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As the market started to melt down, listed companies rushed to apply for trading suspension of their shares in order to prevent further slide. More than 1,400 companies stopped trading on the mainland exchanges, freezing sellers throughout 50 percent of the market. Suspension of trading is a measure to control the market meltdown, since many shareholders have pledged their shares as collateral to receive bank loans. Pledged shares could be forced into liquidation when their value falls below a certain level, triggering further sell-off.

The Shanghai Stock Exchange Composite Index has lost 28 percent since its peak of June 12, the worst selloff in two decades. About 3.9 trillion US dollars in market valuation has evaporated, a figure which is higher than the total annual output of the world’s fourth-largest economy, Germany, and sixteen times Greece’s GDP. Shanghai composite index, however, is still up 80 percent in the past twelve months, the most among the world’s major markets and it probably has not hit the bottom yet, despite the 2-day rally at the end of last week.

Ii is currently trading around the 3,900 level and 50 percent above its average five year valuation. Chinese shares are among the most expensive of the world’s ten largest markets, with a median P/E ratio of 57, much higher than that of Hong Kong which is 13. Out of the 1,400+ companies that originally suspended their trading, about 1,000 of them still remain halted. Once these companies resume trading, selling pressure will amplify as investors will rush to unwind positions of their margin accounts.

Just like in the case of Greek crisis, there are no good options, just more harmful and less harmful ones. If the Chinese government decides to stop taking action, the market will be liberalized and will continue to fall sharply, with devastating consequences on the financial markets and the real economy. If it does continue to take measures to halt the market decline, then it is not a real market economy anymore, but a command economy that steps in and does not allow the market to fall.

Will the Decline Continue?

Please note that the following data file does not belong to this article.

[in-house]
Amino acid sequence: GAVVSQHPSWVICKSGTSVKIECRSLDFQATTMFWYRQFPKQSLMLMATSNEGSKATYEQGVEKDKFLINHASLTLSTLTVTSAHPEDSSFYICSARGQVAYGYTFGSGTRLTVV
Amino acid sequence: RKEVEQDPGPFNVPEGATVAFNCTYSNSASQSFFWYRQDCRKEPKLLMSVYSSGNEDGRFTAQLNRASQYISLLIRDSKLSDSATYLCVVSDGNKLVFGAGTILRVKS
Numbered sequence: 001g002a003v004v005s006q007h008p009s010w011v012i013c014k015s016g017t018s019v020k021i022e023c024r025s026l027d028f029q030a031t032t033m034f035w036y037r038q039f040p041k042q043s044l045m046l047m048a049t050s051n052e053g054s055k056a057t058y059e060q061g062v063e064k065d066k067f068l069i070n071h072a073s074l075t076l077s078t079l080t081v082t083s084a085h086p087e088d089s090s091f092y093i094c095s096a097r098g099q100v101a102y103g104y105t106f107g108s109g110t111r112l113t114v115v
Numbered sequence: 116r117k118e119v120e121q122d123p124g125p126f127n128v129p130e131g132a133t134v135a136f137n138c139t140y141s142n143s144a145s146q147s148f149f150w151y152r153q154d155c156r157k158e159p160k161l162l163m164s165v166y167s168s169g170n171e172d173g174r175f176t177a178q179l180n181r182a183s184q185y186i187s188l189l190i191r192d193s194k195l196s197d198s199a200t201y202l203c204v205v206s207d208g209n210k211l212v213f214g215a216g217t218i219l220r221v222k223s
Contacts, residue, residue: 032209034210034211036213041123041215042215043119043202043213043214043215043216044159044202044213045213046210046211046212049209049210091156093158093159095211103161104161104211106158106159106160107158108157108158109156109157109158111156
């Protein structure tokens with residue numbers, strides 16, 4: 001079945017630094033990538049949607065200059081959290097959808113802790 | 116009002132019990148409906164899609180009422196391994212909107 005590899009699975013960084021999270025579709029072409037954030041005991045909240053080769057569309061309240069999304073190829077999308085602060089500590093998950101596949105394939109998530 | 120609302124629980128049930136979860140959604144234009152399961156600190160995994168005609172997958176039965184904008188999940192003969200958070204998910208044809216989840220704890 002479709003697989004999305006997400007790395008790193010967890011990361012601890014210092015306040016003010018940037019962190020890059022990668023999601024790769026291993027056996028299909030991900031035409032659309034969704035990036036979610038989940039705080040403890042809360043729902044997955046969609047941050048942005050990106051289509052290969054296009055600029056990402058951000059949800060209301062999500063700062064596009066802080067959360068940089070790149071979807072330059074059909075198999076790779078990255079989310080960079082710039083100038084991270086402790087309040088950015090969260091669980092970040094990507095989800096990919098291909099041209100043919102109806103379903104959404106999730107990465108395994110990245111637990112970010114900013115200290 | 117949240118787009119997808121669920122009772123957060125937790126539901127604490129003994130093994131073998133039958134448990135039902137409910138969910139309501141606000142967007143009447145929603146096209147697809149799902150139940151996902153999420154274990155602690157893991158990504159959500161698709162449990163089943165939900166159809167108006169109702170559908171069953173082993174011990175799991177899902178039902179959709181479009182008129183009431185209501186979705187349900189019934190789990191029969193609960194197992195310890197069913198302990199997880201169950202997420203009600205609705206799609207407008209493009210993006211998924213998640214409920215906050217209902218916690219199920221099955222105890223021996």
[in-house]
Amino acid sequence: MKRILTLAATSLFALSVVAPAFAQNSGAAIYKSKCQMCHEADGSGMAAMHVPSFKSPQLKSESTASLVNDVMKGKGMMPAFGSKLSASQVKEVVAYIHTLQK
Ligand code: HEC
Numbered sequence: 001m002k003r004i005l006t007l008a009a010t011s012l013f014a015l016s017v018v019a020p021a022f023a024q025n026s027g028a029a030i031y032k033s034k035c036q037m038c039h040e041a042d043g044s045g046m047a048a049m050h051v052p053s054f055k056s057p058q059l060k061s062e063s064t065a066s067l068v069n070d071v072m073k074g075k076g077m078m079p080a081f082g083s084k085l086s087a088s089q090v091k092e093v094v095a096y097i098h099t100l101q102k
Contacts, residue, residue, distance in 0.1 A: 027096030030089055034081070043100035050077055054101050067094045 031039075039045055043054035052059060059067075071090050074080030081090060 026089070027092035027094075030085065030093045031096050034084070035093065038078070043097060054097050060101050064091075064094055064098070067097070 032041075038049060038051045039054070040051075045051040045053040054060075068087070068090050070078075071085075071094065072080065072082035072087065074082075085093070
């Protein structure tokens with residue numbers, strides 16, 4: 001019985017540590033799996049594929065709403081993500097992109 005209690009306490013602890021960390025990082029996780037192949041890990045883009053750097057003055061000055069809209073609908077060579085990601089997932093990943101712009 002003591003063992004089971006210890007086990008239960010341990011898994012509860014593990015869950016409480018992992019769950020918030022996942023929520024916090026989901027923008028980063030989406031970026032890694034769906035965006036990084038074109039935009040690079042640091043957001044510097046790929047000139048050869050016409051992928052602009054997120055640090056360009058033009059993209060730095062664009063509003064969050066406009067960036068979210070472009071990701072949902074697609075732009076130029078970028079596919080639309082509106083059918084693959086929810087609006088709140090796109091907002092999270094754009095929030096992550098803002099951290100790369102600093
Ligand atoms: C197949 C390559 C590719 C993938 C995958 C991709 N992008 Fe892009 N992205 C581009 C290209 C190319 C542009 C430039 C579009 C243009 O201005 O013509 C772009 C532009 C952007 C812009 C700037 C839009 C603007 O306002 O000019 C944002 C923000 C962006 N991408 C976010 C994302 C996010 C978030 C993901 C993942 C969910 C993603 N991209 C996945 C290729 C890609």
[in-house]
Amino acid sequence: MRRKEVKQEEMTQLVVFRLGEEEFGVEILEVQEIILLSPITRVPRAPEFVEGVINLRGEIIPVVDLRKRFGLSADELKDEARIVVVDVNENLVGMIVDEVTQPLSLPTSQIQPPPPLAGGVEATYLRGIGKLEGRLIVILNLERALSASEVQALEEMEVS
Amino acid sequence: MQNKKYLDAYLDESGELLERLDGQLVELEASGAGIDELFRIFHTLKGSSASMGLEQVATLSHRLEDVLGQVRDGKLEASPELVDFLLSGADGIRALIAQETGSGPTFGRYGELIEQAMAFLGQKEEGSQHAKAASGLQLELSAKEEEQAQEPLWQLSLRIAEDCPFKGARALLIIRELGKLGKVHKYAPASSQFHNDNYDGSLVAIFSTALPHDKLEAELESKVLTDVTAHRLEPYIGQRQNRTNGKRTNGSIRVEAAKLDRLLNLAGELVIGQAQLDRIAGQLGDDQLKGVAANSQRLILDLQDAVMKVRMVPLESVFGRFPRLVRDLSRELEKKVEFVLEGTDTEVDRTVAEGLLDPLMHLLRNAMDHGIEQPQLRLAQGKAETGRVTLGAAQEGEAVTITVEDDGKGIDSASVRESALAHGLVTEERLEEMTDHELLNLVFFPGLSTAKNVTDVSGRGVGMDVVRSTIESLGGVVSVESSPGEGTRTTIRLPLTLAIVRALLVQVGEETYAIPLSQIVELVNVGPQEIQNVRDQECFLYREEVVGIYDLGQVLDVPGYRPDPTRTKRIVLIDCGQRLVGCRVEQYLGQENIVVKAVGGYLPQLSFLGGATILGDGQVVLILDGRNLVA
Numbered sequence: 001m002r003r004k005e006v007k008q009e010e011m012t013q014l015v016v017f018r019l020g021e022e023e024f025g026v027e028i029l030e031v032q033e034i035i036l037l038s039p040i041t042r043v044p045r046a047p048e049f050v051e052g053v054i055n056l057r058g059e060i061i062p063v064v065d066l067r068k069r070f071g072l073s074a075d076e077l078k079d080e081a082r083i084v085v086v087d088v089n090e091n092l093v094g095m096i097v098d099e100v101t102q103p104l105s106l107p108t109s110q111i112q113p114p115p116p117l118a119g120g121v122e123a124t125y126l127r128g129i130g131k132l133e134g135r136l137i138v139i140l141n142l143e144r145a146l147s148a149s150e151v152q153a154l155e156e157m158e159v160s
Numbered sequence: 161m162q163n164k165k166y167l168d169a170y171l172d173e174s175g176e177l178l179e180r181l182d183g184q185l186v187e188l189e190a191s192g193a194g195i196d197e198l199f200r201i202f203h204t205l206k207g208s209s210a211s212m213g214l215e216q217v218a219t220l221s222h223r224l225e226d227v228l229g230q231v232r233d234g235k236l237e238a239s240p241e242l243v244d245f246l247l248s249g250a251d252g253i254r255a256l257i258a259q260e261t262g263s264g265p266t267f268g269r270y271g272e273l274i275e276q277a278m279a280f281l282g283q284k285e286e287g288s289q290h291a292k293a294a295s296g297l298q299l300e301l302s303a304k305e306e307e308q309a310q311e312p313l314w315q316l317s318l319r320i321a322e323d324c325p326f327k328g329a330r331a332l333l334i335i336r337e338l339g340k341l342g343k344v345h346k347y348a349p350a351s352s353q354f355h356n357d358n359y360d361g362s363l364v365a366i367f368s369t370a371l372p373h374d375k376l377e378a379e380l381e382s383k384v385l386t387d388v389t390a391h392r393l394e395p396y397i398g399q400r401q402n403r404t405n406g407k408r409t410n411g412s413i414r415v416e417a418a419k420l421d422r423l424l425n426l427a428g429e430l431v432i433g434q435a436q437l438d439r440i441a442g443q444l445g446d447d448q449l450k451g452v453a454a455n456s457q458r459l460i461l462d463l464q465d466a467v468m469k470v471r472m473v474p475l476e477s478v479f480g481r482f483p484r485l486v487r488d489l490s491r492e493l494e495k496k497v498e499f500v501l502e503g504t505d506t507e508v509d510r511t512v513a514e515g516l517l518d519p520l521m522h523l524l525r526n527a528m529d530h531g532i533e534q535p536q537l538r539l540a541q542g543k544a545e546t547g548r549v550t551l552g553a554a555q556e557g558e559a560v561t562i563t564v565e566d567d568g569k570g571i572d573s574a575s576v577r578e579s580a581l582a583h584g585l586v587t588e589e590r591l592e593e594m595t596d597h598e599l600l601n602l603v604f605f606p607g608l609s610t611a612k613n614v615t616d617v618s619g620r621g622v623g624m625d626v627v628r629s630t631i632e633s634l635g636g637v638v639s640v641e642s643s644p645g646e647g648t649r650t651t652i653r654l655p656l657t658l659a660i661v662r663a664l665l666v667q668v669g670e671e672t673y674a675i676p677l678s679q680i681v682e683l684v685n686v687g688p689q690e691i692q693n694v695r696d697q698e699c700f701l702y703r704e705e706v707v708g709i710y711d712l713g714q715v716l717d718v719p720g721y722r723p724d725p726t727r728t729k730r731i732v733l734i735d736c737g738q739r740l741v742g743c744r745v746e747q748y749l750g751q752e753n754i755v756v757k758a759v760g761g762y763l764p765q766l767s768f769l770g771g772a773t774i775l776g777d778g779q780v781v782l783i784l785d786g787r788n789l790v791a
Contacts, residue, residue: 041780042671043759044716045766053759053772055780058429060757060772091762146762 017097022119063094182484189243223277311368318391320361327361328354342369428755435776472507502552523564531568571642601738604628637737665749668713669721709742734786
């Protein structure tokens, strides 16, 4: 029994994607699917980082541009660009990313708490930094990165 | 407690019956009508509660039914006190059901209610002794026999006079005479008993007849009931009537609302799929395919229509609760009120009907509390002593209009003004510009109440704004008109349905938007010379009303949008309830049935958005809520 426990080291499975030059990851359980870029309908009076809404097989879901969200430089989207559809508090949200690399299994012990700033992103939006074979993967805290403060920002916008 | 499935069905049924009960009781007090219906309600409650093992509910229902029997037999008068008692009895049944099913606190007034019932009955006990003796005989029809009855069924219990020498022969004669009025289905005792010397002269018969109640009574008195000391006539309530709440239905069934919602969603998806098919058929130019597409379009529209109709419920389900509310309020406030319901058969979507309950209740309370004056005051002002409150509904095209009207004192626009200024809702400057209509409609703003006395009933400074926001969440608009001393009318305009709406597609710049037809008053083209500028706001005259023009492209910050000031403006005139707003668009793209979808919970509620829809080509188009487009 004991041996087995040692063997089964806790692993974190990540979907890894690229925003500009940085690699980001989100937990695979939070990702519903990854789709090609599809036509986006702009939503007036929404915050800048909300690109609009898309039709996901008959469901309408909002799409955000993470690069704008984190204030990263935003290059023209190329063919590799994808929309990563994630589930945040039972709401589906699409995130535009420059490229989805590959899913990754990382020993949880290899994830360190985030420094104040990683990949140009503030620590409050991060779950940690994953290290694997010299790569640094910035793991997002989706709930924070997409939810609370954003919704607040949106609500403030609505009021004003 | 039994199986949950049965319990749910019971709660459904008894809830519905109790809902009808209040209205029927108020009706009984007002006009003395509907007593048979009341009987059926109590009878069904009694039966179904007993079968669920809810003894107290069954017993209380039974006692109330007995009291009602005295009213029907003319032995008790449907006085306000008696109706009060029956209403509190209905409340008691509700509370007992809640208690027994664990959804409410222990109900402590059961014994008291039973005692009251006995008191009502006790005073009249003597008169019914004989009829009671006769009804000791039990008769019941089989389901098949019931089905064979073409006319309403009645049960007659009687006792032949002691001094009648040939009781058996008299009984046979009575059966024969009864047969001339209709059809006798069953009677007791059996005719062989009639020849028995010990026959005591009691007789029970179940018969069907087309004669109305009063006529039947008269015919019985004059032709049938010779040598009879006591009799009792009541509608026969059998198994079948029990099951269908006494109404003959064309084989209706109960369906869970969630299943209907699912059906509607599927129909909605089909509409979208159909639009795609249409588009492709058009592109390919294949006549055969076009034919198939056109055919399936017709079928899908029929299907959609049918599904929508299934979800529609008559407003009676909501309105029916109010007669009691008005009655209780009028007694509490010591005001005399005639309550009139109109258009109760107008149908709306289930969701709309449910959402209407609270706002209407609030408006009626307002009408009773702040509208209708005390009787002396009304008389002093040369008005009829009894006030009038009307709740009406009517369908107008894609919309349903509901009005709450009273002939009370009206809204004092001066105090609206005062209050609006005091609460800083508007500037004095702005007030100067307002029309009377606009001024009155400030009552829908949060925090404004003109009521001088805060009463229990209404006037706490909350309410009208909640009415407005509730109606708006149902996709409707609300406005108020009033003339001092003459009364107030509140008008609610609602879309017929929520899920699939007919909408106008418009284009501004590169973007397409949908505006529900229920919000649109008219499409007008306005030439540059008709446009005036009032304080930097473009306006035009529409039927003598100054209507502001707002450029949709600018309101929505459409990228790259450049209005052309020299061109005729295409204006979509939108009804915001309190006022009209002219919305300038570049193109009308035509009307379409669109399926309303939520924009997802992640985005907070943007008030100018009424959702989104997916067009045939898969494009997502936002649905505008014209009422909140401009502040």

If all of the suspended shares were allowed to trade, it is possible that the market could actually go back to the 2,500 level when the boom started a year ago. Many retail investors may have welcomed the suspensions, which at least have postponed the heavy losses they would otherwise have to face. For foreign investors and especially the institutional ones, the suspensions raise significant concerns. As companies continue to keep their shares suspended, the reputation and credibility of China’s stock market further deteriorates.

Moreover, state-controlled firms have started buying blue-chip stocks in an effort to provide some support to the Shanghai and Shenzhen Composite indices. In fact, the Secretary of Finance is said to have pumped more than 500 billion yuan in an effort to step on the brakes on the market decline. However such an amount compared to the Chinese market capitalization of six trillion US dollars is only a drop in the ocean and it is not likely to change the market sentiment.

On the contrary, such panic moves are actually counter-productive in terms of opening up the market and making it a liberalized market economy, even though they may manage to restore, at least temporarily, social stability and calm. Retail investors who have been propping up the market would be discouraged and scared to come back to it for the next decade or so.

Finally, the inclusion of China in the MSCI next year is now questioned, as Chinese stocks have become the most volatile among major markets after Greece (the volatility is more than five times that of the Standard & Poor’s 500-stock index), and the market has been distorted by the Chinese government’s draconian steps in its attempt to control further declines.